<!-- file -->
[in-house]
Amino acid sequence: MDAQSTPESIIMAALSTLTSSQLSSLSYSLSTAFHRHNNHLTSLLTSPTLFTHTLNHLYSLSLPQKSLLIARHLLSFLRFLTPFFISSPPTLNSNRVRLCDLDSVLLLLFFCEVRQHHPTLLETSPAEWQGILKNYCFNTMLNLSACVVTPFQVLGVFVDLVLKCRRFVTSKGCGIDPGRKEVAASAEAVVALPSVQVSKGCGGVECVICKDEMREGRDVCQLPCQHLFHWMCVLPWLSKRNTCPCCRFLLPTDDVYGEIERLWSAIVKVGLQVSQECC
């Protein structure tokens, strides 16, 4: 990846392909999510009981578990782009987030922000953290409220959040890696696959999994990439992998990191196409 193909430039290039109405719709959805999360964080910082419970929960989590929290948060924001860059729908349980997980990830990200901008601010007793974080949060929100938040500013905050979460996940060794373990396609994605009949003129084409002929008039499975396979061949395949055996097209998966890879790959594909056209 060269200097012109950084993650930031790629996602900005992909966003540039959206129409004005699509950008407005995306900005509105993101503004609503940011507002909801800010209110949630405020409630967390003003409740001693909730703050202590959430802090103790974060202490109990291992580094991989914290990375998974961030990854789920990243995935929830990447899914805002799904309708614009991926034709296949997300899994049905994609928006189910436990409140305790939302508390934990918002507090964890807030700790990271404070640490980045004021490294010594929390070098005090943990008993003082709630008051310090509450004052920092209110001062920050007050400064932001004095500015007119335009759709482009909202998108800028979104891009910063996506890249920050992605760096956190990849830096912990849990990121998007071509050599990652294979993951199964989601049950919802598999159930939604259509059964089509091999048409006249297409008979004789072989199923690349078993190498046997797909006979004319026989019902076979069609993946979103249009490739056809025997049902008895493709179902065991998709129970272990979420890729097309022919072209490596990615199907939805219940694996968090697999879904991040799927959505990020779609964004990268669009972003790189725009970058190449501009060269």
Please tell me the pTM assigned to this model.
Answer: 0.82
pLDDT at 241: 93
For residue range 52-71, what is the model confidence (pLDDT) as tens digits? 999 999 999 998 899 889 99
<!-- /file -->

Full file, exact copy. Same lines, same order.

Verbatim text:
[in-house]
Amino acid sequence: MDAQSTPESIIMAALSTLTSSQLSSLSYSLSTAFHRHNNHLTSLLTSPTLFTHTLNHLYSLSLPQKSLLIARHLLSFLRFLTPFFISSPPTLNSNRVRLCDLDSVLLLLFFCEVRQHHPTLLETSPAEWQGILKNYCFNTMLNLSACVVTPFQVLGVFVDLVLKCRRFVTSKGCGIDPGRKEVAASAEAVVALPSVQVSKGCGGVECVICKDEMREGRDVCQLPCQHLFHWMCVLPWLSKRNTCPCCRFLLPTDDVYGEIERLWSAIVKVGLQVSQECC
């Protein structure tokens, strides 16, 4: 990846392909999510009981578990782009987030922000953290409220959040890696696959999994990439992998990191196409 193909430039290039109405719709959805999360964080910082419970929960989590929290948060924001860059729908349980997980990830990200901008601010007793974080949060929100938040500013905050979460996940060794373990396609994605009949003129084409002929008039499975396979061949395949055996097209998966890879790959594909056209 060269200097012109950084993650930031790629996602900005992909966003540039959206129409004005699509950008407005995306900005509105993101503004609503940011507002909801800010209110949630405020409630967390003003409740001693909730703050202590959430802090103790974060202490109990291992580094991989914290990375998974961030990854789920990243995935929830990447899914805002799904309708614009991926034709296949997300899994049905994609928006189910436990409140305790939302508390934990918002507090964890807030700790990271404070640490980045004021490294010594929390070098005090943990008993003082709630008051310090509450004052920092209110001062920050007050400064932001004095500015007119335009759709482009909202998108800028979104891009910063996506890249920050992605760096956190990849830096912990849990990121998007071509050599990652294979993951199964989601049950919802598999159930939604259509059964089509091999048409006249297409008979004789072989199923690349078993190498046997797909006979004319026989019902076979069609993946979103249009490739056809025997049902008895493709179902065991998709129970272990979420890729097309022919072209490596990615199907939805219940694996968090697999879904991040799927959505990020779609964004990268669009972003790189725009970058190449501009060269």
Please tell me the pTM assigned to this model.
Answer: 0.82
pLDDT at 241: 93
For residue range 52-71, what is the model confidence (pLDDT) as tens digits? 999 999 999 998 899 889 99